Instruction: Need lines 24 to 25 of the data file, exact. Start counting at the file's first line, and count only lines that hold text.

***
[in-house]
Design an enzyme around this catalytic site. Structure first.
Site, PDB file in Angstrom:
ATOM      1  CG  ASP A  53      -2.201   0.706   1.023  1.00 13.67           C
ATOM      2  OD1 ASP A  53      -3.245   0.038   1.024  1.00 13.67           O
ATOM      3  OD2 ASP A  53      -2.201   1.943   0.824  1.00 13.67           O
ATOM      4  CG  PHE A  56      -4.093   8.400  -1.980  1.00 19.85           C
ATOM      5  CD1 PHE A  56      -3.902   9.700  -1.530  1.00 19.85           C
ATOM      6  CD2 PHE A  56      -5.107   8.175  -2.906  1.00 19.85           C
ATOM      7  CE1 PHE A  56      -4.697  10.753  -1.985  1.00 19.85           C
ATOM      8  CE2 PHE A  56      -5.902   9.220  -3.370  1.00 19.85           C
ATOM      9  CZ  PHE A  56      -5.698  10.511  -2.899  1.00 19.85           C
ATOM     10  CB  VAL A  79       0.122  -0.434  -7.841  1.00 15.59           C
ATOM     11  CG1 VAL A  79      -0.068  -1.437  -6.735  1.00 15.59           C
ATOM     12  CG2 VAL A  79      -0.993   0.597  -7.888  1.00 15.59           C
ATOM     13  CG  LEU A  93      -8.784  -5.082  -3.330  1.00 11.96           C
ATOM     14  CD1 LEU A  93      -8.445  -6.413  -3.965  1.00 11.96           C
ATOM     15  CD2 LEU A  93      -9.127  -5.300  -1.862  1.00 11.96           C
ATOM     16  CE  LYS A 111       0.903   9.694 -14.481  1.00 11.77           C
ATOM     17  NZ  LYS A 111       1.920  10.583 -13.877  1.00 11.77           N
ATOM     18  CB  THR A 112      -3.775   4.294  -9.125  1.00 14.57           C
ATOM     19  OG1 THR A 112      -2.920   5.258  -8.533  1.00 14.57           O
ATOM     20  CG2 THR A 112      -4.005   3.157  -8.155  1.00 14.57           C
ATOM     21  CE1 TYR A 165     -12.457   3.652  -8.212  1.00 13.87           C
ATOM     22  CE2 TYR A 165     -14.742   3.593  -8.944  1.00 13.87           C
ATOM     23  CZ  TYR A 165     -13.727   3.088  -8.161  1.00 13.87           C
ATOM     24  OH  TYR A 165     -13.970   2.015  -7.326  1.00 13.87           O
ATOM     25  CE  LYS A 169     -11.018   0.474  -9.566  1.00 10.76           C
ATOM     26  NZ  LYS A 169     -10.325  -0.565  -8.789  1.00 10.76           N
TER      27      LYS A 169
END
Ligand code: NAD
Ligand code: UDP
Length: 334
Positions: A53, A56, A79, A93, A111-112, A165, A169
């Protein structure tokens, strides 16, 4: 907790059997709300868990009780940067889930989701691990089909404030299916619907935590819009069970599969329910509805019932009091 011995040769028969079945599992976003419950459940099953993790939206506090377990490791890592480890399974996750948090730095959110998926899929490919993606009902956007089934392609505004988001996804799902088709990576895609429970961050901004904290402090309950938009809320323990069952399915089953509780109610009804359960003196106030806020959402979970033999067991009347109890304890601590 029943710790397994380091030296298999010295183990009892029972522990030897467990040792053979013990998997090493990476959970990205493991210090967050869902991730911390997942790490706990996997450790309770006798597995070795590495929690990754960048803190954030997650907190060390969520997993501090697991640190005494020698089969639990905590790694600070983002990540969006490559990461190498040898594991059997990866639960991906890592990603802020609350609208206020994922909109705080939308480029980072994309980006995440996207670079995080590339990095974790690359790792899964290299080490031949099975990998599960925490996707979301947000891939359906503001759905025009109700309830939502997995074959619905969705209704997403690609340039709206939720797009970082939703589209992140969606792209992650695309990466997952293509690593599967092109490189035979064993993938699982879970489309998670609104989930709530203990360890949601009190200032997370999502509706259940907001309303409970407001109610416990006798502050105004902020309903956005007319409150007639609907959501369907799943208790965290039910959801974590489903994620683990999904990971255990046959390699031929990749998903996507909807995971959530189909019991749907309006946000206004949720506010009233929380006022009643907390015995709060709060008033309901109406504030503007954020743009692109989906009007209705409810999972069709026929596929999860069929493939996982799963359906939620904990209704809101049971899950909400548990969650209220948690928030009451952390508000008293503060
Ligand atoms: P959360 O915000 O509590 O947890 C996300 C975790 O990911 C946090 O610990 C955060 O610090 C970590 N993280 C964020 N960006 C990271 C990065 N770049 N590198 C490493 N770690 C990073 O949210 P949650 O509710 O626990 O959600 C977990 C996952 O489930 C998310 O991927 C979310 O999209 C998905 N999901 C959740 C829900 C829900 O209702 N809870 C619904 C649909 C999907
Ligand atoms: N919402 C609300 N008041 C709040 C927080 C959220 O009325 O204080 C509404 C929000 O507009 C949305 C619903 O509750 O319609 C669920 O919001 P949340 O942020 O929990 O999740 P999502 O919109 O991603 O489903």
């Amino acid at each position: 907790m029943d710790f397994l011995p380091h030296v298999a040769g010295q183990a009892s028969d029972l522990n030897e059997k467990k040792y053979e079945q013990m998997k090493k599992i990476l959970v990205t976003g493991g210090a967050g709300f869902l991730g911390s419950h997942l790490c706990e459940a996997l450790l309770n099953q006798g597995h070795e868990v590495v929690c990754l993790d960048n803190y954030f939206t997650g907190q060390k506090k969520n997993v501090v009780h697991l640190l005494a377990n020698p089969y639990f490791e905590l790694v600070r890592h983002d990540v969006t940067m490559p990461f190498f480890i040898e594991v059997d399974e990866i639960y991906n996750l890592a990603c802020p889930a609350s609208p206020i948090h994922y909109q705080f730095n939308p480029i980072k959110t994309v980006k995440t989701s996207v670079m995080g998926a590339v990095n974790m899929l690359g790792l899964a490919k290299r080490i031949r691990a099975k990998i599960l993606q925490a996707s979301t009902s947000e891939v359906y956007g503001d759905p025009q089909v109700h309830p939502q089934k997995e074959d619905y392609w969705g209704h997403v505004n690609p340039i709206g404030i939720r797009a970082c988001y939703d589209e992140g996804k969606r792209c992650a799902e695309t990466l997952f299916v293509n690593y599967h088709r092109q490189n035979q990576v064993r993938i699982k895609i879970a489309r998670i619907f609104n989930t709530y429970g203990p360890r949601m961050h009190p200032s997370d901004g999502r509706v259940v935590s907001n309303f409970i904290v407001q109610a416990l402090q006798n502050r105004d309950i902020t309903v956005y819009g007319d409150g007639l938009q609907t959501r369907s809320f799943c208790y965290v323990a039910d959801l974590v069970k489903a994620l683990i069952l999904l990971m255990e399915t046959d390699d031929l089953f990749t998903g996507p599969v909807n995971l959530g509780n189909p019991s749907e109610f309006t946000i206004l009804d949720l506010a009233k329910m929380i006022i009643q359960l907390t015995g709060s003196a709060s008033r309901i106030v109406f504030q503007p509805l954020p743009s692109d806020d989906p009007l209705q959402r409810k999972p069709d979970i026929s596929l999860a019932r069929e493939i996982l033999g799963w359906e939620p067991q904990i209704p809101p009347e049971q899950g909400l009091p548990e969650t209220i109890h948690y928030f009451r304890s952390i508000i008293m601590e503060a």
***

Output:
ATOM     21  CE1 TYR A 165     -12.457   3.652  -8.212  1.00 13.87           C
ATOM     22  CE2 TYR A 165     -14.742   3.593  -8.944  1.00 13.87           C